Jill Haley: Finding the best fit when picking a college
There is a lot of talk about finding the best fit when it comes to picking a college, but what does this mean? I believe that the best fit for a student would be one that matches their academic, social, and financial needs.
The first thing that usually comes up in the discussion of best fit is academics. Students should research the different majors a college offers. If they are undecided on a major, research the areas of interest they are interested in. For instance, if they love the humanities, pick a college that has strong departments in English, languages and history.
Students should also check out the teaching style and whether it reflects the way they best learn. A student who does well in high school with hands-on learning might do poorly at a lecture based, exam only college. They might also excel at a college like Cal Poly San Louis Obispo, who prides themselves on their project based learning approach.
Another factor to consider is the rigor and competitiveness of the college. If a student thrives on competition and rigorous academic conditions, a school like UC Berkeley could be ideal. If a student prospers in a more collaborative environment, a small liberal arts college might fit the bill. Regardless of how best you learn, the program of study should meet your needs.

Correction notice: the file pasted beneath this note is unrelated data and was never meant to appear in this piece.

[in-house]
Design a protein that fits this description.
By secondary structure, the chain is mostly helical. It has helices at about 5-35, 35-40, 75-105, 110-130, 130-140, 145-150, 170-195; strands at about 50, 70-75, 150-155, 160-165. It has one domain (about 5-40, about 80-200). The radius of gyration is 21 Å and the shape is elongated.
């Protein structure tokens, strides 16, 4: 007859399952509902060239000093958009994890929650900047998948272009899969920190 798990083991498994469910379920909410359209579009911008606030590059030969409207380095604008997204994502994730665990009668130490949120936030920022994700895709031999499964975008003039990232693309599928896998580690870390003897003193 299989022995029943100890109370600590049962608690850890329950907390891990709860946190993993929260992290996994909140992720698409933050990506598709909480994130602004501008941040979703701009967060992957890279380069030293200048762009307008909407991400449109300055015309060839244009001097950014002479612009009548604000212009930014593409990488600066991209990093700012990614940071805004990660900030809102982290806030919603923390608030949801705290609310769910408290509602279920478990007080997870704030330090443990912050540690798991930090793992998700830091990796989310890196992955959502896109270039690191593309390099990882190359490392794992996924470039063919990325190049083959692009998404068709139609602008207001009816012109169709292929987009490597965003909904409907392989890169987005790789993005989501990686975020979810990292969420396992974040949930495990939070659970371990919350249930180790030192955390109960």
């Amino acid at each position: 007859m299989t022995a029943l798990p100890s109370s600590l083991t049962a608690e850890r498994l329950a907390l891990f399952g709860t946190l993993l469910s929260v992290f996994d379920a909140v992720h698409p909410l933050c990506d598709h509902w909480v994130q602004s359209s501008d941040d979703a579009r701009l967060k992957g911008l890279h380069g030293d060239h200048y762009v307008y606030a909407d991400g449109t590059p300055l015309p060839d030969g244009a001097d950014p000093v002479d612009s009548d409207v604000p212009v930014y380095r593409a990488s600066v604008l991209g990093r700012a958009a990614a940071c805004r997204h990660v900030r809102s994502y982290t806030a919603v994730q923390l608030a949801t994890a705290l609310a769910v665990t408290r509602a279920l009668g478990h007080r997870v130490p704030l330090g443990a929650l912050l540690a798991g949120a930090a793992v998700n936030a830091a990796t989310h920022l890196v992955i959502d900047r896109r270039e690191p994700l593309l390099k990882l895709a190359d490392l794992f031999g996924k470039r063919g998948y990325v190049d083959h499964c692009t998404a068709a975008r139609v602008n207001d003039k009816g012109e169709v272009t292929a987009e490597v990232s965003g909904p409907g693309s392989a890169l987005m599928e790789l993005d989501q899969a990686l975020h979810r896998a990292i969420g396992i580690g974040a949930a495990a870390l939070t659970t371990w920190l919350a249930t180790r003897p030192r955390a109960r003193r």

A student and their families should also see if the college is the right social fit for them. As we all know, college is much more than just academics and students must feel good at college to do well academically.
Is this a college where I feel they fit in? Is there a sense of community? Do students have the same values and interests? These are important questions students should be asking themselves when deciding on a college.
The cost of college is not usually the student’s first consideration, but it may be the parents’.
Being smart about choosing the right college at the right price is important. Students and parents can get an estimate of what their financial aid eligibility might be by completing the FAFSA4caster on the US Department of Education’s website.
One of the biggest mistakes I see is parents telling their child to “find the right college and we will try and figure the money part out.”
Parents often overestimate their financial ability to pay for college. Many families are forced to take out loans to finance their child’s education. This is an important decision because loans may impact a parent’s ability to retire or live comfortably in post-retirement life.
Not knowing the total cost of the college they will be attending is a common mistake. Look at not just the tuition costs, but also things like room and board and transportation costs.
Finding the right college which is an academic, social and financial fit takes a lot of work, but it is worth it in the end. Remember that each is important in helping a student meet their goals.
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